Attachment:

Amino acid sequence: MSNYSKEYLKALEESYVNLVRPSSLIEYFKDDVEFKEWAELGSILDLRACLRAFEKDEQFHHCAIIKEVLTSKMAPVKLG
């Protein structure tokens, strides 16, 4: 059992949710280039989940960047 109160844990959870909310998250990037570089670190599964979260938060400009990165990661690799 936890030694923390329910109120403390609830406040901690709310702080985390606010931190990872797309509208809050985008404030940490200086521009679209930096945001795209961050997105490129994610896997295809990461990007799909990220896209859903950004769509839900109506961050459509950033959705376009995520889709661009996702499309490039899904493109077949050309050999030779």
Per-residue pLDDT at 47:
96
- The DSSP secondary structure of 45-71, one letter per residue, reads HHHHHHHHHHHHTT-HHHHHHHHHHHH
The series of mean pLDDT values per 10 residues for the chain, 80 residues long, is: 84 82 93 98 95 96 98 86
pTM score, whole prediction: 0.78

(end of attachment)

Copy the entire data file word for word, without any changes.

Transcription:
Amino acid sequence: MSNYSKEYLKALEESYVNLVRPSSLIEYFKDDVEFKEWAELGSILDLRACLRAFEKDEQFHHCAIIKEVLTSKMAPVKLG
């Protein structure tokens, strides 16, 4: 059992949710280039989940960047 109160844990959870909310998250990037570089670190599964979260938060400009990165990661690799 936890030694923390329910109120403390609830406040901690709310702080985390606010931190990872797309509208809050985008404030940490200086521009679209930096945001795209961050997105490129994610896997295809990461990007799909990220896209859903950004769509839900109506961050459509950033959705376009995520889709661009996702499309490039899904493109077949050309050999030779």
Per-residue pLDDT at 47:
96
- The DSSP secondary structure of 45-71, one letter per residue, reads HHHHHHHHHHHHTT-HHHHHHHHHHHH
The series of mean pLDDT values per 10 residues for the chain, 80 residues long, is: 84 82 93 98 95 96 98 86
pTM score, whole prediction: 0.78